On the cover

Wednesday, February 24th, 2016 | Anna Blackman | No Comments

Post by Dr Ali Clarke, Library Assistant – Reference

We’re always pleased to see images from our collections featuring on the cover of new books! Each year we put together a list of published items – from books to theses, blogs to journals, television series to exhibitions – which have made use of Hocken resources. Some of them relate to research carried out on our archives or publications, others have used our pictorial collections, and some have done both. So far we have tracked down over 200 items published in 2015 for our list, including 69 books. The variety of topics covered is remarkable, as demonstrated by the few examples featured here.

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MS-0975/234

The very handsome 4-volume set of James K. Baxter’s complete prose, edited by John Weir, involved lots of digging through Baxter’s archives, which are held here. The cover of the first volume features an amusing photo of Baxter with his coat on backwards in Cathedral Square, Christchurch in 1948, sourced from his archives. Another particularly handsome book that has drawn heavily on the Hocken Collections is John Wilson’s New Zealand mountaineering: a history in photographs. including many from our holdings of the New Zealand Alpine Club’s archives. Among them is the great cover shot of Syd Brookes and Bernie McLelland descending North Peak in the Arrowsmith Range in 1939, from an album compiled by Stan Conway.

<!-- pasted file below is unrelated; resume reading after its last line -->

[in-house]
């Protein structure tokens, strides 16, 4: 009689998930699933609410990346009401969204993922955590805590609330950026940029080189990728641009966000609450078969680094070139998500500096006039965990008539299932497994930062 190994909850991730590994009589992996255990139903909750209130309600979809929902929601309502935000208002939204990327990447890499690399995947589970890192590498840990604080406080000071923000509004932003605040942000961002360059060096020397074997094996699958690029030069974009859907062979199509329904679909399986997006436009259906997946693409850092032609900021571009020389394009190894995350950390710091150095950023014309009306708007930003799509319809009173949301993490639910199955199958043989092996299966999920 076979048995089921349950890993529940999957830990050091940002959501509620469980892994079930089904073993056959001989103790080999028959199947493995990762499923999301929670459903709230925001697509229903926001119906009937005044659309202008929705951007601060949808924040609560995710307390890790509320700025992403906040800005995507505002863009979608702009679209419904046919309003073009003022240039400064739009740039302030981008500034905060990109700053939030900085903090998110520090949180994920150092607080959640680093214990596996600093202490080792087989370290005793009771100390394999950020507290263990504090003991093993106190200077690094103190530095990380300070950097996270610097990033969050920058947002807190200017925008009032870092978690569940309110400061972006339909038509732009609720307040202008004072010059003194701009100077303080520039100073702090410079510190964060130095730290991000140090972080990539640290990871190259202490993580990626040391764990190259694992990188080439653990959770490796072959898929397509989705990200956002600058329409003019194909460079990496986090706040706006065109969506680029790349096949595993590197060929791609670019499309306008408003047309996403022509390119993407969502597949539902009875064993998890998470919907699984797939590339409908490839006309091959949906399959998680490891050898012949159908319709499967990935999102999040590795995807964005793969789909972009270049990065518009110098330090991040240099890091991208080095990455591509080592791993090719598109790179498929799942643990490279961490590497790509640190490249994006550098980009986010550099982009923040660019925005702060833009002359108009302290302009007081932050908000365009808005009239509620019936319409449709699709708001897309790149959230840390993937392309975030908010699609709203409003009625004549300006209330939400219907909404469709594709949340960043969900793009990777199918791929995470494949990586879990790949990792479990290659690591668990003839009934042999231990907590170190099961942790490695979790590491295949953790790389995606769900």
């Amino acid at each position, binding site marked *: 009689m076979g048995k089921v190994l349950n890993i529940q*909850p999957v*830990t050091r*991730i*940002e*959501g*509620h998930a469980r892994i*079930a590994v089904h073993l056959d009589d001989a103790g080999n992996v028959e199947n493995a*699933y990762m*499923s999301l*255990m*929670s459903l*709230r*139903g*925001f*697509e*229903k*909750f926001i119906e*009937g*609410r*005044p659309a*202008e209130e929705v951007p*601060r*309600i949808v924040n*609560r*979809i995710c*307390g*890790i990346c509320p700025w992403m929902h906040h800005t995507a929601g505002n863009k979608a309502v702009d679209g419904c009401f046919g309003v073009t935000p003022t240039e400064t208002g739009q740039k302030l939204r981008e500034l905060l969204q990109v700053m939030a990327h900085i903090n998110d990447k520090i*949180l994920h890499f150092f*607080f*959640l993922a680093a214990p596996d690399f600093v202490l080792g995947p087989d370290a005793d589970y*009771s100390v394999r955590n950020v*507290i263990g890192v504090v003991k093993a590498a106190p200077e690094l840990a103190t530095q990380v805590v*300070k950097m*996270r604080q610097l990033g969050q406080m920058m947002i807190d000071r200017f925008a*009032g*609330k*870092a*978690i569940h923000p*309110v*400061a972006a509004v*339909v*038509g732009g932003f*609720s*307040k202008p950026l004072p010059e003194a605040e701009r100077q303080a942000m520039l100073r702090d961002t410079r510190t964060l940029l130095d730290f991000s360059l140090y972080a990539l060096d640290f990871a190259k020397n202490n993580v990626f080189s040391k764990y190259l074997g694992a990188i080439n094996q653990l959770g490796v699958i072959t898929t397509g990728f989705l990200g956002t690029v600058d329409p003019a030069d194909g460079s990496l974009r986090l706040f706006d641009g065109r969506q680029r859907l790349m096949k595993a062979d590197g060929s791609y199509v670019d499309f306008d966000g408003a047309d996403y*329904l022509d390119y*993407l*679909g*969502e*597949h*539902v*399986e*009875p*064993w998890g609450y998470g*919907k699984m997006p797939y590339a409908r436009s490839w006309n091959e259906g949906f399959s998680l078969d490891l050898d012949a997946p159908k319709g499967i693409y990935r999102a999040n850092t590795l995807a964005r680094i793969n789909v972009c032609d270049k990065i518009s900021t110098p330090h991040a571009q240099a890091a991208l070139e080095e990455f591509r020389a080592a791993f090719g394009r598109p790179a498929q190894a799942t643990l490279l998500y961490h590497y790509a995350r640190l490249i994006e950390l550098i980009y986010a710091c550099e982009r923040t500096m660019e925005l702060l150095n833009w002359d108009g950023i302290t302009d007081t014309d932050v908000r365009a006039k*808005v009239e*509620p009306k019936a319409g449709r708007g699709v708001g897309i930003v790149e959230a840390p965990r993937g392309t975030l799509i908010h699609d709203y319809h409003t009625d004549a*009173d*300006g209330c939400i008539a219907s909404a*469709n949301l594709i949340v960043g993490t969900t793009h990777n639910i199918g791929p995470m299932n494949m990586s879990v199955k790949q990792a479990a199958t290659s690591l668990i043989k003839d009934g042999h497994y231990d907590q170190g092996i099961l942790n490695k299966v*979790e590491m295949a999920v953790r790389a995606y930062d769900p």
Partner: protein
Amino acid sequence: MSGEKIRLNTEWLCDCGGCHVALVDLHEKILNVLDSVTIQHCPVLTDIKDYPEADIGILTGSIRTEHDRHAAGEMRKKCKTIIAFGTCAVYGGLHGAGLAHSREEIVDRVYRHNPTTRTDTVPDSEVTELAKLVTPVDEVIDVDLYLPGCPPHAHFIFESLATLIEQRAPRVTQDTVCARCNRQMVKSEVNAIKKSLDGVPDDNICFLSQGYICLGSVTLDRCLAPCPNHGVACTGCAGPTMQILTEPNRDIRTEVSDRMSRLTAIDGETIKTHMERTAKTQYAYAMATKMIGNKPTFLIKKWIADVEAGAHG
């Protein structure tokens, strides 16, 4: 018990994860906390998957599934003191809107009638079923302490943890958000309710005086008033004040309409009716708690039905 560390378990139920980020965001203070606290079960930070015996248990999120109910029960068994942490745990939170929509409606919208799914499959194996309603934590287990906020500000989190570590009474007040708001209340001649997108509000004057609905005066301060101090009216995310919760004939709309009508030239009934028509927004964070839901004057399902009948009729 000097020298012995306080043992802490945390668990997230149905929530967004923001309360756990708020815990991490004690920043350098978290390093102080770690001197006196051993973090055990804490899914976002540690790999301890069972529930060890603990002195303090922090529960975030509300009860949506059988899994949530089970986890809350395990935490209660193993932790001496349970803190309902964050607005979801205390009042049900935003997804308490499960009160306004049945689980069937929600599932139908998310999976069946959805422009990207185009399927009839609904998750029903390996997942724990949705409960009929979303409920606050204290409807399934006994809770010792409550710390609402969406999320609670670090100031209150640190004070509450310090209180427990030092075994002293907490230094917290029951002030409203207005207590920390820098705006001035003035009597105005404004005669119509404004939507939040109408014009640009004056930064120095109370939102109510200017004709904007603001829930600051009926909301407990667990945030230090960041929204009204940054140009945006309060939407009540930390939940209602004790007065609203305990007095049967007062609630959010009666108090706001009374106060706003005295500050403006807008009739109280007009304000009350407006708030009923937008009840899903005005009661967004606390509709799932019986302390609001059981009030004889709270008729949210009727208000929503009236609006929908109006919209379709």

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We can’t claim the splendid cover picture for Simon Nathan’s biography James Hector: explorer, scientist leader – that comes from the Alexander Turnbull Library – but he has made very good use of Hector’s papers, held at the Hocken. Hector’s notebooks are notoriously difficult to read, thanks to faint pencil combined with illegible handwriting, but some of the sketches in them make very effective illustrations in the book. Simon has also done splendid work transcribing various Hector letters in recent years, making them accessible to others.

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Hector’s sketches of Parengarenga Harbour and his Maori campanion, January 1866

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Another 2015 book which brings previously unpublished work to light is New country, a collection of plays and stories by James Courage, with an introduction by Christopher Burke. Some have been previously published, but one comes straight from Courage’s papers at the Hocken. The book also features some fascinating photographs from Courage’s papers. Genre Books, the publisher, also made good use of Hocken material in a 2014 book, Chris Brickell’s Southern men: gay lives in pictures. This includes numerous photographs from the archives of David Wildey, held in the Hocken largely thanks to Chris. On the cover is one of Wildey’s photographs, recording a visit to Waimairi Beach, Christchurch in 1960.